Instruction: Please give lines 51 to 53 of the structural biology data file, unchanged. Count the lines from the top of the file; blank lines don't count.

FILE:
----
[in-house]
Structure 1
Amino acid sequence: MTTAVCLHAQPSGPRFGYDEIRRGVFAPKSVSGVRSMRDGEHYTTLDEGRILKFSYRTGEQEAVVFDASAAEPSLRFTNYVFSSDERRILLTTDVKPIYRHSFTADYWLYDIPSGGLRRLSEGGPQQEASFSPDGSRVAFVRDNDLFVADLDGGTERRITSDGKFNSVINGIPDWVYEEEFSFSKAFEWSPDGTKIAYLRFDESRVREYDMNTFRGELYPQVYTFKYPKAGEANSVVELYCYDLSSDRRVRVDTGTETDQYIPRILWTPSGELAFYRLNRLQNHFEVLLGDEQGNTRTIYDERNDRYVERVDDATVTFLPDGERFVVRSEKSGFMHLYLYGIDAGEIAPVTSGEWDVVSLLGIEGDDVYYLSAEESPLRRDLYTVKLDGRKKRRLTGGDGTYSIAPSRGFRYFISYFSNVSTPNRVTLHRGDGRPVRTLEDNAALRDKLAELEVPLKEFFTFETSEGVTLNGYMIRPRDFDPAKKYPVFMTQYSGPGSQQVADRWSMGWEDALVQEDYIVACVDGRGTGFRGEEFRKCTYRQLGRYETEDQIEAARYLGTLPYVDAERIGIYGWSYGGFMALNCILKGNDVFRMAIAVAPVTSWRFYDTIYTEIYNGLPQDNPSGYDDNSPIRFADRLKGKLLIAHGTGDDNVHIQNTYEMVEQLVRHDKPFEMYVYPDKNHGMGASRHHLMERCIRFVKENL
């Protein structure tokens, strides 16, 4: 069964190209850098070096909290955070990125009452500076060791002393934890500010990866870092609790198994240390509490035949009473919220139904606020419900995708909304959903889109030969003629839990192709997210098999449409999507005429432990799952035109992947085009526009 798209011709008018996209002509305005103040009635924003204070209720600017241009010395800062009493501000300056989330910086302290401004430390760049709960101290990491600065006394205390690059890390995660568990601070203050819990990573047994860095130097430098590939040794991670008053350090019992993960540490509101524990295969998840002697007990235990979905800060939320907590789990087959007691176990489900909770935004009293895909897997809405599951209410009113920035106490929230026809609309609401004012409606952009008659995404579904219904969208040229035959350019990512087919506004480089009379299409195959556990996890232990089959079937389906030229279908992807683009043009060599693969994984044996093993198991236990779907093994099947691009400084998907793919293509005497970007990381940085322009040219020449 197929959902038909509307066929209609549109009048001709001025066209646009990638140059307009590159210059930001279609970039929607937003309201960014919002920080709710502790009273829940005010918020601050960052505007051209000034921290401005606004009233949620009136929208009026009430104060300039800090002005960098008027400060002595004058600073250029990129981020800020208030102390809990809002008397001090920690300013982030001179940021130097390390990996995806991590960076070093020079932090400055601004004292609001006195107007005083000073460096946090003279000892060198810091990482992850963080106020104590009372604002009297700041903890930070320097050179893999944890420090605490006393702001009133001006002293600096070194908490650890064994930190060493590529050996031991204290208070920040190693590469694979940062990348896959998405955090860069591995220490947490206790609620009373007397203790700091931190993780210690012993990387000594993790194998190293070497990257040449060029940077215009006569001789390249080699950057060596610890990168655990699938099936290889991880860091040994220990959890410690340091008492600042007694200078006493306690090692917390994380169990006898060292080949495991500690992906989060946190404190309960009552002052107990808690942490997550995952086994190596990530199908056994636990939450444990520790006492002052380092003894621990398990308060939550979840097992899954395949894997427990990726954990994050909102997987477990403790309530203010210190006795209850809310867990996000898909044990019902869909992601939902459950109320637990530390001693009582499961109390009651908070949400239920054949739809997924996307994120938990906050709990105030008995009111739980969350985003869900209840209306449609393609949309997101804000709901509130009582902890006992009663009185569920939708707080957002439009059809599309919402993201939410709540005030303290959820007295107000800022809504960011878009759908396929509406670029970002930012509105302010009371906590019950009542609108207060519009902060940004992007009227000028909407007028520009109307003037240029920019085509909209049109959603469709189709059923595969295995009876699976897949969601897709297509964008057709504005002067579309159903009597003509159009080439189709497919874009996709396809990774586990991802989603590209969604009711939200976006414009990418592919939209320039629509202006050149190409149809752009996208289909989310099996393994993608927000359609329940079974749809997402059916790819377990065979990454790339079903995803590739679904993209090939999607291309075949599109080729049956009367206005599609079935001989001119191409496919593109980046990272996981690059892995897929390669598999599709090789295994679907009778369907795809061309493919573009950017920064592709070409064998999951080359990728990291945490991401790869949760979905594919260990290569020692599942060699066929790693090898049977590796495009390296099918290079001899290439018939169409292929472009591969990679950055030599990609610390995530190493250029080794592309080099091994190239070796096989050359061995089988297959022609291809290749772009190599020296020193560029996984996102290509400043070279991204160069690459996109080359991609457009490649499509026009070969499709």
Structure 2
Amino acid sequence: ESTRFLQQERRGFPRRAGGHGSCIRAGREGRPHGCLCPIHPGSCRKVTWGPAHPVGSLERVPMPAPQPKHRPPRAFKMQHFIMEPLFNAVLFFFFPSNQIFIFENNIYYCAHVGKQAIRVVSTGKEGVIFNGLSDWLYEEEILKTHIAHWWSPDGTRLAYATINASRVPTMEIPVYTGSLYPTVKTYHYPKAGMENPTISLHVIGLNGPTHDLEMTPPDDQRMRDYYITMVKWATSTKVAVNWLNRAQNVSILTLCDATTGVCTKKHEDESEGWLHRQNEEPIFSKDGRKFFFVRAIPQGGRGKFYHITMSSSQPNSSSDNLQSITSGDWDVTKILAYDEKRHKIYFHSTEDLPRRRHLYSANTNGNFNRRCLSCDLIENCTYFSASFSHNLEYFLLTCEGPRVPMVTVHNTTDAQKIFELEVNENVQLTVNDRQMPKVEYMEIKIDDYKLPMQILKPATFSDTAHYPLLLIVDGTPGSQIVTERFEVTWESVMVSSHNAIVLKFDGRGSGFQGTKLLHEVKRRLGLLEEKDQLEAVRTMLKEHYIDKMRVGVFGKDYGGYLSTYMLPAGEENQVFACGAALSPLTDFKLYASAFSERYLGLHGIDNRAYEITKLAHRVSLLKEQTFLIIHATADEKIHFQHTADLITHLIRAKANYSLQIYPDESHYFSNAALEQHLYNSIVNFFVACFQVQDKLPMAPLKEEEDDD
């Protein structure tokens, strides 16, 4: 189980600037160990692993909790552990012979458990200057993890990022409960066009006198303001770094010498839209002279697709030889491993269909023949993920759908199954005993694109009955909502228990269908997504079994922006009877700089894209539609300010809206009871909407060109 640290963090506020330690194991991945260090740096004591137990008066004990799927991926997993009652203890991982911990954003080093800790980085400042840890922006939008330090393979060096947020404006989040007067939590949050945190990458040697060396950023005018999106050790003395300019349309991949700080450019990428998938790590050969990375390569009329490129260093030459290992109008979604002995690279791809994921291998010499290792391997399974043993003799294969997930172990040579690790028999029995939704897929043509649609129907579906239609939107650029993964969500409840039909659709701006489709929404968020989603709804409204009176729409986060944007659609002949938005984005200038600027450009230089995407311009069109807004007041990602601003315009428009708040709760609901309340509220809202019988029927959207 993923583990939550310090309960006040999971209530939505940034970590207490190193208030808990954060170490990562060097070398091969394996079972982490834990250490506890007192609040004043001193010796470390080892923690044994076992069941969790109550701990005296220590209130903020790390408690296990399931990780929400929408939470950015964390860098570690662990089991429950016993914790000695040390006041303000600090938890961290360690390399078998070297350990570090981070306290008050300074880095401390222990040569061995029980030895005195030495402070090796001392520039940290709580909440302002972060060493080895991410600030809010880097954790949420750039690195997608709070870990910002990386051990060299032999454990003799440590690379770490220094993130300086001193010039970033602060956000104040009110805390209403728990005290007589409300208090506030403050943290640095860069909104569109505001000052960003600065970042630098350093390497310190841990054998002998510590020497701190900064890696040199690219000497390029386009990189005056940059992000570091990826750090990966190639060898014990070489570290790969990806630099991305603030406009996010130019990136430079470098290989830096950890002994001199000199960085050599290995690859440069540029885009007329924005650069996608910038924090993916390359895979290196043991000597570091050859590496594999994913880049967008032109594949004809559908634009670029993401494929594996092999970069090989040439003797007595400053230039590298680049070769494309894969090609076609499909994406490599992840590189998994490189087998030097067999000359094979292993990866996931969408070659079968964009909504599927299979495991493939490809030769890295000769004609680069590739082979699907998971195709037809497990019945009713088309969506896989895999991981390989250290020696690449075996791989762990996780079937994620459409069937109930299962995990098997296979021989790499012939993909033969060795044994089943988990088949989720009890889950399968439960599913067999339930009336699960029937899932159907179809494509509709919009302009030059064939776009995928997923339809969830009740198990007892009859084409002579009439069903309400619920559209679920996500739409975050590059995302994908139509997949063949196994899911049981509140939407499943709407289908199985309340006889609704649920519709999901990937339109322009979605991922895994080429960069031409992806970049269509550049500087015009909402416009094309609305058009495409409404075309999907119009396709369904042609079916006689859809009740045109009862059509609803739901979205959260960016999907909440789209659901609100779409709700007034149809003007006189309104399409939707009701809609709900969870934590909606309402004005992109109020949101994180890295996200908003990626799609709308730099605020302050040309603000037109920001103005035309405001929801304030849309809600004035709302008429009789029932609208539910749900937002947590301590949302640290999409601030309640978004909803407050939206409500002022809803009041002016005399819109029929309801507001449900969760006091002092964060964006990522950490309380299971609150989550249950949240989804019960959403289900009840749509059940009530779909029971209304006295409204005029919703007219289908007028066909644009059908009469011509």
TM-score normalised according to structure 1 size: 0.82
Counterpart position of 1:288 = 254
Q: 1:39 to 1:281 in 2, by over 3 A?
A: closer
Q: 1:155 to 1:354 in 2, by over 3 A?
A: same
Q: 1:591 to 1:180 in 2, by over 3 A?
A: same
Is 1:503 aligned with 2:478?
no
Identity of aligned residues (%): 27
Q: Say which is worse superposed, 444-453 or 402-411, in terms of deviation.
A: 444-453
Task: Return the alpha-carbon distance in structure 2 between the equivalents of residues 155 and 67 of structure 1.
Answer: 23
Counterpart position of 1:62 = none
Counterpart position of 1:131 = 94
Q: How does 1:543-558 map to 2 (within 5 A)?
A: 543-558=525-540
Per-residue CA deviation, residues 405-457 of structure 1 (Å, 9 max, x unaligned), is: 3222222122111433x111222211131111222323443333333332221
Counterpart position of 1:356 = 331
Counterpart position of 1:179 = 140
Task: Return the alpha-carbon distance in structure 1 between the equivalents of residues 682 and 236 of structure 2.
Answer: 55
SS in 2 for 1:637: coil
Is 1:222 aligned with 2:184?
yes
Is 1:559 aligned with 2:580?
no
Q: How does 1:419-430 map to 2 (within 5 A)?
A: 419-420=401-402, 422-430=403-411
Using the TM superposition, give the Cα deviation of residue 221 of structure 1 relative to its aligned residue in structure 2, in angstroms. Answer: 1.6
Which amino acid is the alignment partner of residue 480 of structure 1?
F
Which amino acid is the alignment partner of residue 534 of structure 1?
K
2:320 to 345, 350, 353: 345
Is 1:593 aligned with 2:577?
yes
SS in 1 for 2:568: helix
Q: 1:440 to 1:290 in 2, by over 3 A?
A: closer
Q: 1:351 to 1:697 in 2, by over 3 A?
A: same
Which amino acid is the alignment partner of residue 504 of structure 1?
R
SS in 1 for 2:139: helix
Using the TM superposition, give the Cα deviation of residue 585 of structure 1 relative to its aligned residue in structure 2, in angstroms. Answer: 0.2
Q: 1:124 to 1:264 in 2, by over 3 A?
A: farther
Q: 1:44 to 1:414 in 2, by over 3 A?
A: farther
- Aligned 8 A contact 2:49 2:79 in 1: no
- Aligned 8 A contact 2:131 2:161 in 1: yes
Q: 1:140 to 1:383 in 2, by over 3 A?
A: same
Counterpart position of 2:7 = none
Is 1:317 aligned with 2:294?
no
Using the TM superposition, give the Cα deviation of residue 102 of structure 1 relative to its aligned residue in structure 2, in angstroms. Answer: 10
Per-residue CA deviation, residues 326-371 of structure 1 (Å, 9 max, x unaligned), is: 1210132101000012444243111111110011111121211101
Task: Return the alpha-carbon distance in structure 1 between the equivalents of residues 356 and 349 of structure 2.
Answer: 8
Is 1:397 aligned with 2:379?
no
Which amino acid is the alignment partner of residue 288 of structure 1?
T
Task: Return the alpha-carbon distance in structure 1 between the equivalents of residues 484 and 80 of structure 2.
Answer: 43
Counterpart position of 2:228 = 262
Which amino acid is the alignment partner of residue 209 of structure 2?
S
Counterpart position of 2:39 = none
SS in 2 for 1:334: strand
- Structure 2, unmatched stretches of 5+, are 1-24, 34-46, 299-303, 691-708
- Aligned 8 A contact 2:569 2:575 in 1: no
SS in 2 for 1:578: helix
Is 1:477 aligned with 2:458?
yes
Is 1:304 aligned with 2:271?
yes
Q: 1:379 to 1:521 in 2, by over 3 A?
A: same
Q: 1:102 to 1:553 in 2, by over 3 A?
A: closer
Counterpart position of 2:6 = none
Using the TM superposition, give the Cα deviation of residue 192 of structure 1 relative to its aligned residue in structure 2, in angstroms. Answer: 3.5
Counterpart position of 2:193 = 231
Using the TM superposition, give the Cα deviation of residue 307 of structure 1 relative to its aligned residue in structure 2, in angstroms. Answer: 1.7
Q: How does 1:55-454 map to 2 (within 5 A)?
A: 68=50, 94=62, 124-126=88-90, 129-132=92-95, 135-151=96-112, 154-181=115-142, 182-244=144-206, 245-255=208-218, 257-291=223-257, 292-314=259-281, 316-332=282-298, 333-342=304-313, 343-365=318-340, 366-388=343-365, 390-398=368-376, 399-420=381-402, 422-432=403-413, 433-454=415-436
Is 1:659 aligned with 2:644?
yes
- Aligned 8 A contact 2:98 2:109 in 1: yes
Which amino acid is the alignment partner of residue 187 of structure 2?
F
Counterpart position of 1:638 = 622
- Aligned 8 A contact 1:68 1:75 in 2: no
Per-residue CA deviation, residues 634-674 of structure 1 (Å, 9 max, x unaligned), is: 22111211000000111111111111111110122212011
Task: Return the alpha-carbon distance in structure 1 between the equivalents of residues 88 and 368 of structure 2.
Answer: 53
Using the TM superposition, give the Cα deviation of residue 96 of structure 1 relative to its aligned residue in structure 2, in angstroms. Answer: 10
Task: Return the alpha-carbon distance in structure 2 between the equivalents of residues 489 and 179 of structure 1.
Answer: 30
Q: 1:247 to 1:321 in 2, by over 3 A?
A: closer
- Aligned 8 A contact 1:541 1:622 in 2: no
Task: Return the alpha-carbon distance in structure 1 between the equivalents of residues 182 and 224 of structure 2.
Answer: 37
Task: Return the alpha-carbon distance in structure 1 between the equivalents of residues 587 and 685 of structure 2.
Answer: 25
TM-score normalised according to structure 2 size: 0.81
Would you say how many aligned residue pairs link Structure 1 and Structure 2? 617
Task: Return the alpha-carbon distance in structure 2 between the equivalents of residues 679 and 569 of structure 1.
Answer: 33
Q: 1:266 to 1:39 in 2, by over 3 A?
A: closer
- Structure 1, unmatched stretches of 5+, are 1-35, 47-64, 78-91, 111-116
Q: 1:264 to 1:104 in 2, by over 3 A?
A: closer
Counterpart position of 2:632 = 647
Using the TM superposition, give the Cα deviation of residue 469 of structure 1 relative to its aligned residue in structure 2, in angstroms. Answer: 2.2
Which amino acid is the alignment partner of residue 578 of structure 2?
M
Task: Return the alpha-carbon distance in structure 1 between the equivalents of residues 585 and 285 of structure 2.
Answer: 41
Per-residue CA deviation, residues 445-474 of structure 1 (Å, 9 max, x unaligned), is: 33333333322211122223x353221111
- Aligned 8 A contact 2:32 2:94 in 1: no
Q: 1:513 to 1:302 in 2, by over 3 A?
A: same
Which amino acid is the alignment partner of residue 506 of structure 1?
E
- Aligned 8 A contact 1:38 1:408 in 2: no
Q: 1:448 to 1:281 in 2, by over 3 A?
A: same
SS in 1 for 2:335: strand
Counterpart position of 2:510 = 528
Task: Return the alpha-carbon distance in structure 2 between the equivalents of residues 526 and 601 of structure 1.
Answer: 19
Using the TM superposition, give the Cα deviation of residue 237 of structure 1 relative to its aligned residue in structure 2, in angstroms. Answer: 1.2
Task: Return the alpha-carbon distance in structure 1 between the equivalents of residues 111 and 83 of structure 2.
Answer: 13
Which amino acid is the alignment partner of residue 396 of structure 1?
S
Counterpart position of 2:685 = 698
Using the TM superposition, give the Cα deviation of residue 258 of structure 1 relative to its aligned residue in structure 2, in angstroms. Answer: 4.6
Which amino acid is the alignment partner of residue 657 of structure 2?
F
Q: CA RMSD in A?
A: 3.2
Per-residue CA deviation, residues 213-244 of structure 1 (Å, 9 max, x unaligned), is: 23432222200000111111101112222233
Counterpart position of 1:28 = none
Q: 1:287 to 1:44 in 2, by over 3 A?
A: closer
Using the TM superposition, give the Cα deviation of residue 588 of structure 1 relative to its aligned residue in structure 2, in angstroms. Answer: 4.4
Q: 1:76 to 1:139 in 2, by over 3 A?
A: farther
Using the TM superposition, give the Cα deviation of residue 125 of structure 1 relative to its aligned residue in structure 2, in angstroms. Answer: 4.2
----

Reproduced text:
A: same
Which amino acid is the alignment partner of residue 504 of structure 1?
R